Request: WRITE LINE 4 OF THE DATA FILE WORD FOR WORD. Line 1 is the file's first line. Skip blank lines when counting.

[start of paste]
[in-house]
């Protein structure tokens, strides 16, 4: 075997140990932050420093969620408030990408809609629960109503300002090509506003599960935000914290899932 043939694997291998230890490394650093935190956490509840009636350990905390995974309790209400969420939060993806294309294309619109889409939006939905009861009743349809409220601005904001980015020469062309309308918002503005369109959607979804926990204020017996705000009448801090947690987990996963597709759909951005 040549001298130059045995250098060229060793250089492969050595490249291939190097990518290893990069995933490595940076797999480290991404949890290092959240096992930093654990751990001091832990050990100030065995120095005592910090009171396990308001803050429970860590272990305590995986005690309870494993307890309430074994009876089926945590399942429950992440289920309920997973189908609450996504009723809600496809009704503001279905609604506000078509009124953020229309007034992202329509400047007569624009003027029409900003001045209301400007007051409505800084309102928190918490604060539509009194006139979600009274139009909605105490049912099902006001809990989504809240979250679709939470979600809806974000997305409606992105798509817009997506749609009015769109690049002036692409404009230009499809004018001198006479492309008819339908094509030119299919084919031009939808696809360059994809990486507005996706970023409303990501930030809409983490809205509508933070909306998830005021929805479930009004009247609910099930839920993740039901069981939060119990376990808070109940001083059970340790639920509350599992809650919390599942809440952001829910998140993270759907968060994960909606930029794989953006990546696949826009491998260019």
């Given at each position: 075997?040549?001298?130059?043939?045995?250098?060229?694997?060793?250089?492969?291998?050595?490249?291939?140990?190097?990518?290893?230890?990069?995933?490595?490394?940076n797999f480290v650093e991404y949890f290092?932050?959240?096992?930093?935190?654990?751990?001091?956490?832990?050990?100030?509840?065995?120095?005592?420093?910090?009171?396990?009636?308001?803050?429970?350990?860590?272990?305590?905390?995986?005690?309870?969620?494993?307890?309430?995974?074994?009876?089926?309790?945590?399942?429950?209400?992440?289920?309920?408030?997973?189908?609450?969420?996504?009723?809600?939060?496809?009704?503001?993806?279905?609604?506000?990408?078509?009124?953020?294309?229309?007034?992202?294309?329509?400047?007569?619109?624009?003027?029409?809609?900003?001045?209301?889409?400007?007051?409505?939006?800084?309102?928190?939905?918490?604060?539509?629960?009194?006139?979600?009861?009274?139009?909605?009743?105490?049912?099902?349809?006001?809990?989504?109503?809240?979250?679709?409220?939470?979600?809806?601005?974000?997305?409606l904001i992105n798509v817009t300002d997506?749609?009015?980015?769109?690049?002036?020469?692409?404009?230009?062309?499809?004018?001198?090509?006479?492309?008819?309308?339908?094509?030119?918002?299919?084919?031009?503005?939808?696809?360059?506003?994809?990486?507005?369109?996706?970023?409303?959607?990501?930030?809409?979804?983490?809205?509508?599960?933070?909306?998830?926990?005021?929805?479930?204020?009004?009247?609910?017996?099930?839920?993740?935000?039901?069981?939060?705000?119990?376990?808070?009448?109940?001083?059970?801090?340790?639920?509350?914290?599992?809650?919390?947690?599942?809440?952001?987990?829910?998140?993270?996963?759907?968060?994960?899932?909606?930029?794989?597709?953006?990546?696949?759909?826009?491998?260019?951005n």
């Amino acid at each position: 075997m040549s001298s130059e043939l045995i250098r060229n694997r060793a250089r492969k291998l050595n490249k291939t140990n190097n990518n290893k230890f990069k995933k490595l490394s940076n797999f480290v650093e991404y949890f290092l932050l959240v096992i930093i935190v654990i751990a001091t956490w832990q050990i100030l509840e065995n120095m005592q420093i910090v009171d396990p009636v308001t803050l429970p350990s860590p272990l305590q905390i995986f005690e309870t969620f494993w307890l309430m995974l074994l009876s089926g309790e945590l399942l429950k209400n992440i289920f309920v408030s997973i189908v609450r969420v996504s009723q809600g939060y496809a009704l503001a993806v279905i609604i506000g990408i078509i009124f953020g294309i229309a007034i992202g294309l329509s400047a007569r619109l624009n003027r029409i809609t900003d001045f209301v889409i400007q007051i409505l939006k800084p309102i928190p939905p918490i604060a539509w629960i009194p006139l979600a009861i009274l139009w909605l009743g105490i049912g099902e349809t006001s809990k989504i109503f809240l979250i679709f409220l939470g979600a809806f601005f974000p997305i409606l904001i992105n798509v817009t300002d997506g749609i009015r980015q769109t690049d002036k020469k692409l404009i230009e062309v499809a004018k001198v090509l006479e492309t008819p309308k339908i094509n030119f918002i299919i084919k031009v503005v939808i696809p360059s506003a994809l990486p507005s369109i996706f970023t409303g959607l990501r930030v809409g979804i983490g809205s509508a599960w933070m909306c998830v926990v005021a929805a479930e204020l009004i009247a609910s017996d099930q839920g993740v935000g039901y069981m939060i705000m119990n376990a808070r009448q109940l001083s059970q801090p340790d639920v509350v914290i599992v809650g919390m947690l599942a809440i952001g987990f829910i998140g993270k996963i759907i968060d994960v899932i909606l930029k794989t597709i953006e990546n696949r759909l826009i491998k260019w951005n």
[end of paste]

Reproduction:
């Amino acid at each position: 075997m040549s001298s130059e043939l045995i250098r060229n694997r060793a250089r492969k291998l050595n490249k291939t140990n190097n990518n290893k230890f990069k995933k490595l490394s940076n797999f480290v650093e991404y949890f290092l932050l959240v096992i930093i935190v654990i751990a001091t956490w832990q050990i100030l509840e065995n120095m005592q420093i910090v009171d396990p009636v308001t803050l429970p350990s860590p272990l305590q905390i995986f005690e309870t969620f494993w307890l309430m995974l074994l009876s089926g309790e945590l399942l429950k209400n992440i289920f309920v408030s997973i189908v609450r969420v996504s009723q809600g939060y496809a009704l503001a993806v279905i609604i506000g990408i078509i009124f953020g294309i229309a007034i992202g294309l329509s400047a007569r619109l624009n003027r029409i809609t900003d001045f209301v889409i400007q007051i409505l939006k800084p309102i928190p939905p918490i604060a539509w629960i009194p006139l979600a009861i009274l139009w909605l009743g105490i049912g099902e349809t006001s809990k989504i109503f809240l979250i679709f409220l939470g979600a809806f601005f974000p997305i409606l904001i992105n798509v817009t300002d997506g749609i009015r980015q769109t690049d002036k020469k692409l404009i230009e062309v499809a004018k001198v090509l006479e492309t008819p309308k339908i094509n030119f918002i299919i084919k031009v503005v939808i696809p360059s506003a994809l990486p507005s369109i996706f970023t409303g959607l990501r930030v809409g979804i983490g809205s509508a599960w933070m909306c998830v926990v005021a929805a479930e204020l009004i009247a609910s017996d099930q839920g993740v935000g039901y069981m939060i705000m119990n376990a808070r009448q109940l001083s059970q801090p340790d639920v509350v914290i599992v809650g919390m947690l599942a809440i952001g987990f829910i998140g993270k996963i759907i968060d994960v899932i909606l930029k794989t597709i953006e990546n696949r759909l826009i491998k260019w951005n």